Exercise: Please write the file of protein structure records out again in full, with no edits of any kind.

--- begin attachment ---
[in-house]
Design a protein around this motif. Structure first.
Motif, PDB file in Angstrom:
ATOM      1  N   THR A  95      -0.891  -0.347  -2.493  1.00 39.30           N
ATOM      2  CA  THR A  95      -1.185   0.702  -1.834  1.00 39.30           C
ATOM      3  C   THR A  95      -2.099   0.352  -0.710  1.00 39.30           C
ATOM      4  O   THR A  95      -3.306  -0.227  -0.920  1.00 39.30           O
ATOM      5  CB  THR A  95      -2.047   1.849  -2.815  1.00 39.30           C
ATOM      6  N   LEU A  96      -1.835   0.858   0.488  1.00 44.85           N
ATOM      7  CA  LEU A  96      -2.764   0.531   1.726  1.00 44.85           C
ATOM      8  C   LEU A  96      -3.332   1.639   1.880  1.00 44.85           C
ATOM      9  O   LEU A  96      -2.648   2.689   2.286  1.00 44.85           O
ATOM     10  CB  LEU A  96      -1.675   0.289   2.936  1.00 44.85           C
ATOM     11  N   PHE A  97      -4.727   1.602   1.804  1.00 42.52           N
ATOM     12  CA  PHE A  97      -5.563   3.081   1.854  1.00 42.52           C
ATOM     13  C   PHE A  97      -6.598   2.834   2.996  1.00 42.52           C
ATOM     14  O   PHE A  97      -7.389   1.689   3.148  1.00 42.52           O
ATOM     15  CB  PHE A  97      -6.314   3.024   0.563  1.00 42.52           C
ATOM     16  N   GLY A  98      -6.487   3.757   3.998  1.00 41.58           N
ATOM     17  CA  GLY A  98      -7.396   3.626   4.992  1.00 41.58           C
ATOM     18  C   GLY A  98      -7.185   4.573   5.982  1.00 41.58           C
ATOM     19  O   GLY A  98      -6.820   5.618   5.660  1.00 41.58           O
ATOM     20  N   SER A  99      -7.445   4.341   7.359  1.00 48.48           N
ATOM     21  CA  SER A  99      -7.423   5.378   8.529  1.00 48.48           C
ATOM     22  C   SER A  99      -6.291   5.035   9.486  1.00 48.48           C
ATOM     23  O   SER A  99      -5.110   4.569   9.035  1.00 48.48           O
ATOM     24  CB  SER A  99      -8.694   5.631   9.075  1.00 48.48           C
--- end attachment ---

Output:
[in-house]
Design a protein around this motif. Structure first.
Motif, PDB file in Angstrom:
ATOM      1  N   THR A  95      -0.891  -0.347  -2.493  1.00 39.30           N
ATOM      2  CA  THR A  95      -1.185   0.702  -1.834  1.00 39.30           C
ATOM      3  C   THR A  95      -2.099   0.352  -0.710  1.00 39.30           C
ATOM      4  O   THR A  95      -3.306  -0.227  -0.920  1.00 39.30           O
ATOM      5  CB  THR A  95      -2.047   1.849  -2.815  1.00 39.30           C
ATOM      6  N   LEU A  96      -1.835   0.858   0.488  1.00 44.85           N
ATOM      7  CA  LEU A  96      -2.764   0.531   1.726  1.00 44.85           C
ATOM      8  C   LEU A  96      -3.332   1.639   1.880  1.00 44.85           C
ATOM      9  O   LEU A  96      -2.648   2.689   2.286  1.00 44.85           O
ATOM     10  CB  LEU A  96      -1.675   0.289   2.936  1.00 44.85           C
ATOM     11  N   PHE A  97      -4.727   1.602   1.804  1.00 42.52           N
ATOM     12  CA  PHE A  97      -5.563   3.081   1.854  1.00 42.52           C
ATOM     13  C   PHE A  97      -6.598   2.834   2.996  1.00 42.52           C
ATOM     14  O   PHE A  97      -7.389   1.689   3.148  1.00 42.52           O
ATOM     15  CB  PHE A  97      -6.314   3.024   0.563  1.00 42.52           C
ATOM     16  N   GLY A  98      -6.487   3.757   3.998  1.00 41.58           N
ATOM     17  CA  GLY A  98      -7.396   3.626   4.992  1.00 41.58           C
ATOM     18  C   GLY A  98      -7.185   4.573   5.982  1.00 41.58           C
ATOM     19  O   GLY A  98      -6.820   5.618   5.660  1.00 41.58           O
ATOM     20  N   SER A  99      -7.445   4.341   7.359  1.00 48.48           N
ATOM     21  CA  SER A  99      -7.423   5.378   8.529  1.00 48.48           C
ATOM     22  C   SER A  99      -6.291   5.035   9.486  1.00 48.48           C
ATOM     23  O   SER A  99      -5.110   4.569   9.035  1.00 48.48           O
ATOM     24  CB  SER A  99      -8.694   5.631   9.075  1.00 48.48           C